From an recent systematic review and meta-analysis:
Animal models and clinical studies suggest a mechanistic link between the pneumococcal polysaccharide vaccine (PPV) and a cardiovascular protective effect. However, conflicting results exist from several large observational studies in humans. We set out to systematically review current literature and conduct meta-analyses of studies on PPV and cardiovascular outcomes. Medline, Embase and CENTRAL were searched for randomised controlled trials (RCTs) and observational studies in adults, using PPV as the intervention, up to 30 April 2014. Studies that compared PPV with a control (another vaccine, no vaccine or placebo) and recorded ischaemic events were included in this review. Two investigators extracted data independently on study design, baseline characteristics and summary outcomes. Study quality was examined using the Newcastle-Ottawa Quality Assessment Scale. Pooled estimates using random effects models and their 95% CIs were calculated separately for the outcomes of acute coronary syndrome (ACS) events and stroke. No RCT data were available. A total of 230 426 patients were included in eight observational studies and recorded as ACS events. PPV was associated with significantly lower odds of ACS events in patients 65 years and older (pooled OR=0.83 (95% CI 0.71 to 0.97), I2=77.0%). However, there was no significant difference in ACS events when younger people were included (pooled OR=0.86 (95% CI 0.73 to 1.01), I2=81.4%). Pooling of four studies, covering a total of 192 210 patients, did not find a significantly reduced risk of stroke in all patients (pooled OR=1.00 (95% CI 0.89 to 1.12), I2=55.3%), or when restricted to those 65 years and older (pooled OR=0.96 (95% CI 0.87 to 1.05), I2=22.5%). In this meta-analysis of observational studies, the use of PPV was associated with a significantly lower risk of ACS events in the older population, but not stroke. An adequately powered and blinded RCT to confirm these findings is warranted.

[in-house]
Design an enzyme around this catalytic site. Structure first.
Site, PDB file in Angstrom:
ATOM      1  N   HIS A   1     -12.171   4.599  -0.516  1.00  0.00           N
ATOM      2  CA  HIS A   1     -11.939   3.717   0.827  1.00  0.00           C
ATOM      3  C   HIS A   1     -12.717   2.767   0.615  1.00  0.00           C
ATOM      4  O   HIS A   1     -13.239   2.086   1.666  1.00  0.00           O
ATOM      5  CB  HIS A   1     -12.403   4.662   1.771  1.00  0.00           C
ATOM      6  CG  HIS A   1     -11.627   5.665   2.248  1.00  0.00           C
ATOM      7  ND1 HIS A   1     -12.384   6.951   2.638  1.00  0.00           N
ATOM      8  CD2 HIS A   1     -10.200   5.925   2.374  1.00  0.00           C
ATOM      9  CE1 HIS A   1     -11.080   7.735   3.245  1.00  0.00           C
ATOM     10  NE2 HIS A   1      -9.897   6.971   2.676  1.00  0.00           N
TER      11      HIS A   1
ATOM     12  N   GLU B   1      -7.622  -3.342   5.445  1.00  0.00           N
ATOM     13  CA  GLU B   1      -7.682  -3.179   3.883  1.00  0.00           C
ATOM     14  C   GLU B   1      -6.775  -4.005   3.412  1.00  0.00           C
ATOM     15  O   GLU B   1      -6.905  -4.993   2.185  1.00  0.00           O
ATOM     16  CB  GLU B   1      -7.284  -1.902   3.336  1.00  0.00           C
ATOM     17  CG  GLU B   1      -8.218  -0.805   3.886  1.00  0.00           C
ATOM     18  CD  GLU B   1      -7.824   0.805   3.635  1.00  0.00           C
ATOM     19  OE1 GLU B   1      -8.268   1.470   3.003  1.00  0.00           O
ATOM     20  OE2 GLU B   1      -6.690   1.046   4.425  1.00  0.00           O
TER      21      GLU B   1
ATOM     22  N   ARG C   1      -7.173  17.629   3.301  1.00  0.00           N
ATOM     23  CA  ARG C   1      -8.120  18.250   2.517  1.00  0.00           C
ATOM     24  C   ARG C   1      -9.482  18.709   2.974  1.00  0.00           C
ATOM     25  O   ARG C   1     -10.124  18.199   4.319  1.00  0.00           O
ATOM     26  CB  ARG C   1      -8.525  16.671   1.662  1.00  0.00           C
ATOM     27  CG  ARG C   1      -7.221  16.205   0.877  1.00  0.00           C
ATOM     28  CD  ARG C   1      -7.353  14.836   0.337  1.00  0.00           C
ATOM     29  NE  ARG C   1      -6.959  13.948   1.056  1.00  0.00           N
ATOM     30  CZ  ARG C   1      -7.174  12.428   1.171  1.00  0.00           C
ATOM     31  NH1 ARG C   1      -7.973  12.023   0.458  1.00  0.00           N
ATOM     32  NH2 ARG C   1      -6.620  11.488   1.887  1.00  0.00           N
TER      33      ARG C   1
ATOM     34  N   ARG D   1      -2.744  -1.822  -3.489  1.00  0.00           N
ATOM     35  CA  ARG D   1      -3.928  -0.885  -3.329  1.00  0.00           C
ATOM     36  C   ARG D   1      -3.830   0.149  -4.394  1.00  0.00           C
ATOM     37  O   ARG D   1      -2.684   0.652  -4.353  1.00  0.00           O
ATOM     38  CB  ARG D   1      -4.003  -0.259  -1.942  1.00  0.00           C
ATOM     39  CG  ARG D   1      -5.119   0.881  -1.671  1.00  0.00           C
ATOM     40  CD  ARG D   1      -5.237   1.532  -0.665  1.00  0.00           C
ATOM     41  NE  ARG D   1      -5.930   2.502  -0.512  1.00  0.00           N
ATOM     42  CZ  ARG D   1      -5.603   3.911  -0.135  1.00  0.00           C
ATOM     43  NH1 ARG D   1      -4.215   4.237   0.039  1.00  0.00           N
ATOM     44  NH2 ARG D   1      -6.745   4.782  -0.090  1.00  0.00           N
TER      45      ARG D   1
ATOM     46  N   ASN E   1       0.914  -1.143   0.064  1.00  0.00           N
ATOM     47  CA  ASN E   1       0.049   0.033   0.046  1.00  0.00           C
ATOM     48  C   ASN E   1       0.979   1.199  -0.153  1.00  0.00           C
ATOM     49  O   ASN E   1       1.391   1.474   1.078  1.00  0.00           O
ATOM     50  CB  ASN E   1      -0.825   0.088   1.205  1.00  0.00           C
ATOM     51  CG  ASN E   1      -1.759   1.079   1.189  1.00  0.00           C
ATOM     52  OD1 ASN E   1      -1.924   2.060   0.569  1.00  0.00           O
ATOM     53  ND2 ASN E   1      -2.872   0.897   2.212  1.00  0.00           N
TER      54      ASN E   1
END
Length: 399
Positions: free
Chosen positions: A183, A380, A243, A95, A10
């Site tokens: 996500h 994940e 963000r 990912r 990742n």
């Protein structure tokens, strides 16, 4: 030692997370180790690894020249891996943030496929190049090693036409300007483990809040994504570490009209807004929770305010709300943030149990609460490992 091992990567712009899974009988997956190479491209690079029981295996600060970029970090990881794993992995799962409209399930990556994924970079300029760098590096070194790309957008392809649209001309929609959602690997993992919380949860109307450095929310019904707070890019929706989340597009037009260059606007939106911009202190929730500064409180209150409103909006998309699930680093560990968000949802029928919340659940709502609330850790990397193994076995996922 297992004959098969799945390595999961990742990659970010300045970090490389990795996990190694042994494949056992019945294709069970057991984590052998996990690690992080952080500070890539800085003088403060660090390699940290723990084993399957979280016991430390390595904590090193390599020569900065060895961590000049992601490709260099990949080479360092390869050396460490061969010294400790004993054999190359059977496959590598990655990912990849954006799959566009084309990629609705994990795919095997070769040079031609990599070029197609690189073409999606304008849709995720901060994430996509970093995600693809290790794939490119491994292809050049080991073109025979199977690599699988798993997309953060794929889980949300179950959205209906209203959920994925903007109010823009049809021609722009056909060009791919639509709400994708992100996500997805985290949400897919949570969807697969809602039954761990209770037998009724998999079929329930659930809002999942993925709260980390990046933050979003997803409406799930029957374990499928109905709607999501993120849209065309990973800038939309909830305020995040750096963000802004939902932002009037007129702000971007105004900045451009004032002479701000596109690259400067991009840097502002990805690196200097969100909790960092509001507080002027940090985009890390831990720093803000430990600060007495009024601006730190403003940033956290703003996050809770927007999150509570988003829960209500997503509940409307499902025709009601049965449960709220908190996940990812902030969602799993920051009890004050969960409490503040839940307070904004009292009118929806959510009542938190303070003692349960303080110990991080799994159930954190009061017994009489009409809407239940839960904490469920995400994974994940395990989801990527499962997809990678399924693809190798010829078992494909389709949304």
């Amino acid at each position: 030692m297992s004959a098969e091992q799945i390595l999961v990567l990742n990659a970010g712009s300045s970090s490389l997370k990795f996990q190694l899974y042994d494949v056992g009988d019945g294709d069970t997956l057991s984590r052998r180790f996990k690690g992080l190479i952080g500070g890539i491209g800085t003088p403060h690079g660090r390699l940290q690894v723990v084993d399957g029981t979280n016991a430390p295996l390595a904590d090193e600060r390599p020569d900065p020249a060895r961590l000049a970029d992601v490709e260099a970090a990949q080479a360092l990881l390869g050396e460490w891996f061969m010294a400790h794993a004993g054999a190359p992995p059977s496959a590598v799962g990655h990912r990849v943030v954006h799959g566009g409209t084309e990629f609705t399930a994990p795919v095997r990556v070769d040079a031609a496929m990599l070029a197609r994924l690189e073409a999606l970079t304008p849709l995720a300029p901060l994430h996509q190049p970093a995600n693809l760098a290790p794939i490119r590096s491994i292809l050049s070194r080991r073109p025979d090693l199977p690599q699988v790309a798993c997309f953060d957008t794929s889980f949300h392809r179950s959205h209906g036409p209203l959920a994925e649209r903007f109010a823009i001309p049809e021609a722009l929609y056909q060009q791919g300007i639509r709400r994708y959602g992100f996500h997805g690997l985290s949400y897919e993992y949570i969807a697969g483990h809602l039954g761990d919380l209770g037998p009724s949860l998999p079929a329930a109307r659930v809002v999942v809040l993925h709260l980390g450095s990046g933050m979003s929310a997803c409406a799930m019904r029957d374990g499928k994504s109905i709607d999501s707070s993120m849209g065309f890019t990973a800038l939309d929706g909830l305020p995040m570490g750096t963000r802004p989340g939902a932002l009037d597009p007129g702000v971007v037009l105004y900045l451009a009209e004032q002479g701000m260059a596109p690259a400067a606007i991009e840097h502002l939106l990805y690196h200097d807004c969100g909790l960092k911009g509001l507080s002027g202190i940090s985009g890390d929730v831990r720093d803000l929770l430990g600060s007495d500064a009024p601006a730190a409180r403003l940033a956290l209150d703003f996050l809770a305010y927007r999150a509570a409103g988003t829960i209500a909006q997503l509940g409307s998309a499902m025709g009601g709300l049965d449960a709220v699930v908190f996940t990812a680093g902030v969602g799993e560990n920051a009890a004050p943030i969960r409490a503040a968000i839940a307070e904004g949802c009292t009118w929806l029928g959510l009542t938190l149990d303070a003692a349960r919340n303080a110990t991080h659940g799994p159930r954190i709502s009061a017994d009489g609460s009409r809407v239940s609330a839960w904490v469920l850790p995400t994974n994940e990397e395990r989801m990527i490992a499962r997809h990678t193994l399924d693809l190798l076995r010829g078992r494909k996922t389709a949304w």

The PPV, a weak vaccine, has had little impact on pneumococcal disease but it did impact the relative risk of coronary events in this study. I have cited prior research showing pneumonia to be a short term risk factor for coronary events. Whether this risk is unique to pneumococcal disease or related to pneumonia in general needs to be elucidated.